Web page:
YOU MAY ALSO LIKE
However, rather than being a centralized issuer that supports the price pegs with fiat held in banks, Celo has built a full-stack platform (meaning it developed the underlying blockchain and applications that run on top), that can offer an unlimited number of stablecoins all backed by cryptoassets held in reserve.
Furthermore, Celo is what is known as an algorithmic-based stablecoin provider. This distinction means that rather than being a centralized entity that controls issuances and redemptions, the company employs smart-contract based stability protocol that automatically expands or contracts the supply of its collateral reserves in a fashion similar to how the Federal Reserve adjusts the U.S. monetary supply. In this vein, Celo co-founder Rene Reinsberg told me that the company actually “Maintains overcollaterization via a multi-asset crypto reserve composed of Celo’s native asset, Celo Gold, and a basket of other crypto assets, such as bitcoin.” This overcollateralization is important, and common in crypto lending and stablecoin platforms, because it serves as a buffer against widespread volatility.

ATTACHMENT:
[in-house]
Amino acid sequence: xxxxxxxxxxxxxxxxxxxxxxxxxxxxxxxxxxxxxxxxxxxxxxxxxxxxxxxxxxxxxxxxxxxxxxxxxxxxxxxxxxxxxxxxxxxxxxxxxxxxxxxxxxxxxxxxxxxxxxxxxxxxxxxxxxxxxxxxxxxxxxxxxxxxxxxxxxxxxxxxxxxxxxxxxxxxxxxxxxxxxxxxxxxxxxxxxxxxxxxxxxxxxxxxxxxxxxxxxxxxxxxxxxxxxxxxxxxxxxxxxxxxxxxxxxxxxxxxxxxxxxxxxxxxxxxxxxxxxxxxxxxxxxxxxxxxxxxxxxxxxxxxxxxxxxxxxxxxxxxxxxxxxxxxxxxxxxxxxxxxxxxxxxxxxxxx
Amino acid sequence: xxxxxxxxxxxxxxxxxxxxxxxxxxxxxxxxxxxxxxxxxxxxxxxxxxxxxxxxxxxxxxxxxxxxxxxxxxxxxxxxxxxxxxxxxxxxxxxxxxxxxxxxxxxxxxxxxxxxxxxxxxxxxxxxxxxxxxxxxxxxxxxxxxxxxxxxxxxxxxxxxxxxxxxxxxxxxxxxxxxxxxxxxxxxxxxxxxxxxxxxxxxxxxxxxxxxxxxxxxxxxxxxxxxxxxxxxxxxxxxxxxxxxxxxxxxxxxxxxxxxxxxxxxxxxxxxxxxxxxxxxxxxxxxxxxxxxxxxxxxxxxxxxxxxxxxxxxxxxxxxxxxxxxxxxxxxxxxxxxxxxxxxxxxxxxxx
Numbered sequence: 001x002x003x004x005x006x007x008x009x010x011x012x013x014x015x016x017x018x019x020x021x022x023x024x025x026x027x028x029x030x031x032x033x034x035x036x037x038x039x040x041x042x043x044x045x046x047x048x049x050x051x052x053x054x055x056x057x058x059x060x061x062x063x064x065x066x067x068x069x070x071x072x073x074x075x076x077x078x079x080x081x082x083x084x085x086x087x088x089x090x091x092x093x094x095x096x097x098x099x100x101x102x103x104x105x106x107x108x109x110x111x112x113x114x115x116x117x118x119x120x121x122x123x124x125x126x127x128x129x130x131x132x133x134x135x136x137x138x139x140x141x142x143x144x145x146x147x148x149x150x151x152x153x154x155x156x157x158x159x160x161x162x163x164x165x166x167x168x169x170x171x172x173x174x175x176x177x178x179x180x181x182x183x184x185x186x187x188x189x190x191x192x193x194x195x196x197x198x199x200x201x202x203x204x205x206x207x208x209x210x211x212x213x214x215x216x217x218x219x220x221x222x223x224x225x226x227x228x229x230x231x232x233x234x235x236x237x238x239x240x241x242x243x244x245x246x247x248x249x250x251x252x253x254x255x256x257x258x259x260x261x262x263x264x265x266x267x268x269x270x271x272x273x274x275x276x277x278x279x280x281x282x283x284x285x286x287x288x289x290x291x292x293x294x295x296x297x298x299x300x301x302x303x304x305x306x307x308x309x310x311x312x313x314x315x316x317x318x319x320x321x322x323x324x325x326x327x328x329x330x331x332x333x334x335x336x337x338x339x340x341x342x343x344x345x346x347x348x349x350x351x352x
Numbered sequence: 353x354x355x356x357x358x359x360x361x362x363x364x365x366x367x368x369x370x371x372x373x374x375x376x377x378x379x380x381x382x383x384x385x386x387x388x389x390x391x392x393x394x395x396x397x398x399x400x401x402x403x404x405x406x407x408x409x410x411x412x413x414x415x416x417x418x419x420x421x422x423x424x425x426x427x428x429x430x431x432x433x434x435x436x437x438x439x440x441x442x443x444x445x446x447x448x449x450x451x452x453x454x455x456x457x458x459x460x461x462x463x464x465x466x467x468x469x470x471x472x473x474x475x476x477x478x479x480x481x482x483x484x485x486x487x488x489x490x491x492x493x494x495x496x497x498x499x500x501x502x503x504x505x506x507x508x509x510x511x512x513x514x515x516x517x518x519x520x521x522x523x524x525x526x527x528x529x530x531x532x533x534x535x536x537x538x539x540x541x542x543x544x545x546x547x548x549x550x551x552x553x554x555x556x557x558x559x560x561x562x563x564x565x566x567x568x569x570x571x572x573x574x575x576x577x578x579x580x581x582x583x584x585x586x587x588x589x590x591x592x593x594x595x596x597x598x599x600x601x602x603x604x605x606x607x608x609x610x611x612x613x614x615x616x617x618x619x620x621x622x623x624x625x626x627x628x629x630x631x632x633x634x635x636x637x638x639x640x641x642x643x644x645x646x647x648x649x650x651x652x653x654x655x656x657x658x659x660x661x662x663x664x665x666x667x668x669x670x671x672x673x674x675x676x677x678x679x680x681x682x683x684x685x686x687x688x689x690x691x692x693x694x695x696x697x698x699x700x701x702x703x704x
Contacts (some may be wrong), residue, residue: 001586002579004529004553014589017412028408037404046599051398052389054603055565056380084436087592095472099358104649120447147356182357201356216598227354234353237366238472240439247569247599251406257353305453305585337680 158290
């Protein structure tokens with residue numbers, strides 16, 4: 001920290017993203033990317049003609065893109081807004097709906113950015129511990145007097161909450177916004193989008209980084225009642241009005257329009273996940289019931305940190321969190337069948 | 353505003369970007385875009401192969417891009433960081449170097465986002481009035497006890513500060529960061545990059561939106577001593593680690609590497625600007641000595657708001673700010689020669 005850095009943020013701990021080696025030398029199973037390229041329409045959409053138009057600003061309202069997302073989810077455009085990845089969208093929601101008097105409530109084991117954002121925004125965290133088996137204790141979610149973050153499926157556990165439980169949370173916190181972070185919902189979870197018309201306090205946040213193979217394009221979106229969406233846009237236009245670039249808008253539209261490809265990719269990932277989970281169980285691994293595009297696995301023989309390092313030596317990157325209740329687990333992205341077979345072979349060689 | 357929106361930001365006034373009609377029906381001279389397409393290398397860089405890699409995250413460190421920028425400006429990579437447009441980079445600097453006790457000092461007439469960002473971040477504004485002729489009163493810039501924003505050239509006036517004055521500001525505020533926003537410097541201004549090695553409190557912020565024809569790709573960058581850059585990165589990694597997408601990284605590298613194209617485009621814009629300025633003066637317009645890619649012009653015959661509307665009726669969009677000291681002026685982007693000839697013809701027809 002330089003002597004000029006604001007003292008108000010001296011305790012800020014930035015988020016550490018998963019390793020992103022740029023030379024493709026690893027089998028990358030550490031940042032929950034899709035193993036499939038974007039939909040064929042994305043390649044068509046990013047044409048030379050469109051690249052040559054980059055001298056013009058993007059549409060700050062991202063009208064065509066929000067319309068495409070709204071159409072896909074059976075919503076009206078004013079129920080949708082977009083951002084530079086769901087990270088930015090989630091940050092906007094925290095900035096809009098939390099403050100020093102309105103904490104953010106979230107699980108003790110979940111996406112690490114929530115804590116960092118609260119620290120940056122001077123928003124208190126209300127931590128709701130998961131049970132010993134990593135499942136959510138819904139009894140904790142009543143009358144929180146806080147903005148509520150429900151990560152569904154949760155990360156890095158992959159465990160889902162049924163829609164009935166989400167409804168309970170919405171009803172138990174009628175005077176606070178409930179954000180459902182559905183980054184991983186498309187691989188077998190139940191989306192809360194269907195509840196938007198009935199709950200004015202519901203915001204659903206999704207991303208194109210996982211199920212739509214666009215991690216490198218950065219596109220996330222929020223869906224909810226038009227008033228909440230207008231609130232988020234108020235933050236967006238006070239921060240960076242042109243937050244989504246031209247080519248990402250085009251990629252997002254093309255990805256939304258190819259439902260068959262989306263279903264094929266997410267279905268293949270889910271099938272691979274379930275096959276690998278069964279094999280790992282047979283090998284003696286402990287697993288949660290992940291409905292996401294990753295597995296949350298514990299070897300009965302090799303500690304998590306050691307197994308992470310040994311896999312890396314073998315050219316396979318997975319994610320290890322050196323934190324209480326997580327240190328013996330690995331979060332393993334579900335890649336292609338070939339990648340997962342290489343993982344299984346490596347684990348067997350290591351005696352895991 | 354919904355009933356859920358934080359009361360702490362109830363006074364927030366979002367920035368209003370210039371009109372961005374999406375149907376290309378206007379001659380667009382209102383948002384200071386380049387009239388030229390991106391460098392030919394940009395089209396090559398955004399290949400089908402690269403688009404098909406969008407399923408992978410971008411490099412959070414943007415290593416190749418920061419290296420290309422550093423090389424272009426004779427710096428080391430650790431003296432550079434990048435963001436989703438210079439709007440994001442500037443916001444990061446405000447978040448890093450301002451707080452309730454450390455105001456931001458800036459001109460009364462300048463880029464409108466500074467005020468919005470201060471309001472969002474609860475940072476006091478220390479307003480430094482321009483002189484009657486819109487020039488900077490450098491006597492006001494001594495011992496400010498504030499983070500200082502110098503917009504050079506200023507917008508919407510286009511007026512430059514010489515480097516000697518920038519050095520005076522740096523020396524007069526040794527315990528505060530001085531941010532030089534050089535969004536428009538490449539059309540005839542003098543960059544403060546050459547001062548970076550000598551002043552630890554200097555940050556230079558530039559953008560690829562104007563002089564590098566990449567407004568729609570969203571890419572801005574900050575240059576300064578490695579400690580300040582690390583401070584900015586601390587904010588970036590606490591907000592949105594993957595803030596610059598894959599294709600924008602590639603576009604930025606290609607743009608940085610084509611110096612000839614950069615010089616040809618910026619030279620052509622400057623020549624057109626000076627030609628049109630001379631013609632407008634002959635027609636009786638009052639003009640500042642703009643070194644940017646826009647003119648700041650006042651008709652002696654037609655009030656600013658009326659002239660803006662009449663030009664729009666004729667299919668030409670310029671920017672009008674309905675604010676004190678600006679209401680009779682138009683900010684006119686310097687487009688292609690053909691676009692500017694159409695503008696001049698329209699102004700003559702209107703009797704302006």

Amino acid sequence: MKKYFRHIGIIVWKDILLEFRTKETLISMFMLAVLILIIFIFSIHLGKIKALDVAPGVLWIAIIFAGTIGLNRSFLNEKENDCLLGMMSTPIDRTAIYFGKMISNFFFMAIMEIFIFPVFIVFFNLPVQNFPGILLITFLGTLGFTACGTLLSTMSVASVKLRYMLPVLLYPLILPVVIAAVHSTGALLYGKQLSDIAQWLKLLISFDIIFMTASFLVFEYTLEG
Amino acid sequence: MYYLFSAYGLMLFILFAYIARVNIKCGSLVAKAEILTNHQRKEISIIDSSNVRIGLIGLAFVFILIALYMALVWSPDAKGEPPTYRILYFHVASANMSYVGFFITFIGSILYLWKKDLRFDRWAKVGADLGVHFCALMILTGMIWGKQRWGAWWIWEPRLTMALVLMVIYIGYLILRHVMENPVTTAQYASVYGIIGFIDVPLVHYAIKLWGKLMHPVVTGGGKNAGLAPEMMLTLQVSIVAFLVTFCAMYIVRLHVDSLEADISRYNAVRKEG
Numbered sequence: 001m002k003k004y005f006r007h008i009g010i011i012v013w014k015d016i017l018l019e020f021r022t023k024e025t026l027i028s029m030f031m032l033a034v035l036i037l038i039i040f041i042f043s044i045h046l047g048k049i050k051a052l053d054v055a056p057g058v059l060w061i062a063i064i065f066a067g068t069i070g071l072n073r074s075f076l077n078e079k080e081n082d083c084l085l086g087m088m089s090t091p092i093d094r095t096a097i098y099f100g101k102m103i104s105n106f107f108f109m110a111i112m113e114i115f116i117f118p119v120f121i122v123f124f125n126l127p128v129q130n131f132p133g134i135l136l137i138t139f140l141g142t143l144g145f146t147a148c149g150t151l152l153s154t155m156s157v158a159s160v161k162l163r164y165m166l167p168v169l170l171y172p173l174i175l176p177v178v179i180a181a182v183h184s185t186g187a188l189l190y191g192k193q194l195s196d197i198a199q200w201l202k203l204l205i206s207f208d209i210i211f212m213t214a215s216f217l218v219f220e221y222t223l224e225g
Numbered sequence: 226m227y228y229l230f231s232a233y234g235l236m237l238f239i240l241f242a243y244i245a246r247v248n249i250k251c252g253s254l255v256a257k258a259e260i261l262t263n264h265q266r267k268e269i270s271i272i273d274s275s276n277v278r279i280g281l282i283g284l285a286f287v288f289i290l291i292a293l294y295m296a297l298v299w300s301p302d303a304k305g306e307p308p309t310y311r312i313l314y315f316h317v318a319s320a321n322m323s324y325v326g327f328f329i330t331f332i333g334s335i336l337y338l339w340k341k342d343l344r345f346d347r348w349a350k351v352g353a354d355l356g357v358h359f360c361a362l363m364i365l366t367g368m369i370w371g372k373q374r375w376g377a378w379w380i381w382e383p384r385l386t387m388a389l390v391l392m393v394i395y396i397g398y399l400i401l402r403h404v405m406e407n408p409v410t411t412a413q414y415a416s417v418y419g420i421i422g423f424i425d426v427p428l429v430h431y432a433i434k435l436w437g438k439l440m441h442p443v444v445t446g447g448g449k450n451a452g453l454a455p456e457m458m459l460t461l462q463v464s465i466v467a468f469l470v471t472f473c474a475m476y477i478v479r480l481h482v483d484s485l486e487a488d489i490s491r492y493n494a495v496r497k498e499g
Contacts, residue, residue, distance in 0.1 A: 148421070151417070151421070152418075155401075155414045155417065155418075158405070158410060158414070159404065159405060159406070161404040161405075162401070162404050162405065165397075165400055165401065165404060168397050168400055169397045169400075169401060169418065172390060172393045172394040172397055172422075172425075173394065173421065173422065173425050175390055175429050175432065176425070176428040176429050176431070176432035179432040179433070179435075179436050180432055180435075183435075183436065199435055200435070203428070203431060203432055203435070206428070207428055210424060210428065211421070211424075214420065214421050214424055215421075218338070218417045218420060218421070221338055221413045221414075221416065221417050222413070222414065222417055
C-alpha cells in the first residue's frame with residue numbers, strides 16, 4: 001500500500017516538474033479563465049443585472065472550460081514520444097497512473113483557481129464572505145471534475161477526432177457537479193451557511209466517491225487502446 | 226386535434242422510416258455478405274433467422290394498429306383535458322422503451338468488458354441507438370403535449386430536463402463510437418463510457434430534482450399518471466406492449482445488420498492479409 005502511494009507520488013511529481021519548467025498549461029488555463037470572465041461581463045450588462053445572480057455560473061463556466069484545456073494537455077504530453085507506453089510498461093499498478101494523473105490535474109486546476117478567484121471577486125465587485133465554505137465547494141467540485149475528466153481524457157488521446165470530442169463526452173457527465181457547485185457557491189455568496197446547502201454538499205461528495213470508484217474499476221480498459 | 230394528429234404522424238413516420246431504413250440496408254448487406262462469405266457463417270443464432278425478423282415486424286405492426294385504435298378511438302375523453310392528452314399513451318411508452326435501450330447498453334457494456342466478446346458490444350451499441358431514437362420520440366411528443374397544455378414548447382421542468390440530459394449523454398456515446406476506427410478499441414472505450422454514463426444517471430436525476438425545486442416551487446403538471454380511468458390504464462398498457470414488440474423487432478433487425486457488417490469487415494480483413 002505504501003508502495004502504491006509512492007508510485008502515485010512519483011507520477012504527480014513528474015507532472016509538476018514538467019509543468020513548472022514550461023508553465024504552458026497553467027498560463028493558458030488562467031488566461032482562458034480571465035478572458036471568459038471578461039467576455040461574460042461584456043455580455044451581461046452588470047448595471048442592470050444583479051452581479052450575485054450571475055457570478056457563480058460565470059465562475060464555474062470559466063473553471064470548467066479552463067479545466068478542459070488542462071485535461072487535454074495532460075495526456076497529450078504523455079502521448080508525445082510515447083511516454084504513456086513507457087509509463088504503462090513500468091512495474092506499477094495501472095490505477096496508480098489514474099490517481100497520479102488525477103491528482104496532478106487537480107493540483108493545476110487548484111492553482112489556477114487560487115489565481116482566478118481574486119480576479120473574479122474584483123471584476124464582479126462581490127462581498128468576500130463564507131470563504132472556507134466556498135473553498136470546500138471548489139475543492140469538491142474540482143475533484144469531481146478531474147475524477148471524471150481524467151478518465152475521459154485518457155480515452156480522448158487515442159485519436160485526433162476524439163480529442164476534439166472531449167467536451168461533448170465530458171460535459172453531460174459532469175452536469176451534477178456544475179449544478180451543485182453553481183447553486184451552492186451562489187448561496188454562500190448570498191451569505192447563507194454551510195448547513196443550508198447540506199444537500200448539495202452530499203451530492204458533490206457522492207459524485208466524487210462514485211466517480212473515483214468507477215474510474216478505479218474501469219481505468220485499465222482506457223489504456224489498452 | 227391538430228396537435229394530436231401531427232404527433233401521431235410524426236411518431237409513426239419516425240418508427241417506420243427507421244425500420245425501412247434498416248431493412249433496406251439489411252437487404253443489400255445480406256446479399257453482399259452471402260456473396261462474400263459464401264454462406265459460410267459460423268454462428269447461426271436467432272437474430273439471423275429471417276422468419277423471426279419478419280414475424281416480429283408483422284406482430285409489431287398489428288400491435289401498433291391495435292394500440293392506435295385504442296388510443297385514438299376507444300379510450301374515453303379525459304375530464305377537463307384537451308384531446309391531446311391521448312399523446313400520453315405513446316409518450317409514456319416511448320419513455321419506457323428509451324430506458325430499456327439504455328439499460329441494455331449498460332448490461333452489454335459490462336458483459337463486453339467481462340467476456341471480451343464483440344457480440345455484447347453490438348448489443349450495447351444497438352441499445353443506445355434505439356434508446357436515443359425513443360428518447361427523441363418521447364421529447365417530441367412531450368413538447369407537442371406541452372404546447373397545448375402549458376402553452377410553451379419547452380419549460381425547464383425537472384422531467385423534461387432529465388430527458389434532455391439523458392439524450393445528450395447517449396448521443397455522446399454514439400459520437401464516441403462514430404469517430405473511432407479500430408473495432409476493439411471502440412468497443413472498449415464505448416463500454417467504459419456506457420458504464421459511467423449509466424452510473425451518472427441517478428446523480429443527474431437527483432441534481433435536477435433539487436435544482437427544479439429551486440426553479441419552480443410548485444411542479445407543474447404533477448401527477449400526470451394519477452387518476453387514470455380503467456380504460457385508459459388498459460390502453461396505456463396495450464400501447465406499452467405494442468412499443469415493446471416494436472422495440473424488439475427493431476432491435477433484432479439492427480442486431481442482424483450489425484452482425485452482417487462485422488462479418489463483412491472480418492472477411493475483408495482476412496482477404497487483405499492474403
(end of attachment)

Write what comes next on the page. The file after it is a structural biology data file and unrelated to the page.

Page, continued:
Additionally, a key differentiator for Celo from similar projects is that for the first time its blockchain platform allows users to send/receive money to a person’s phone number, IP address, email, as well as other identifiers. This feature will be critical to the long-term success for the network because it eliminates the need for counterparties in a transaction to share their public keys with each other prior to a transaction.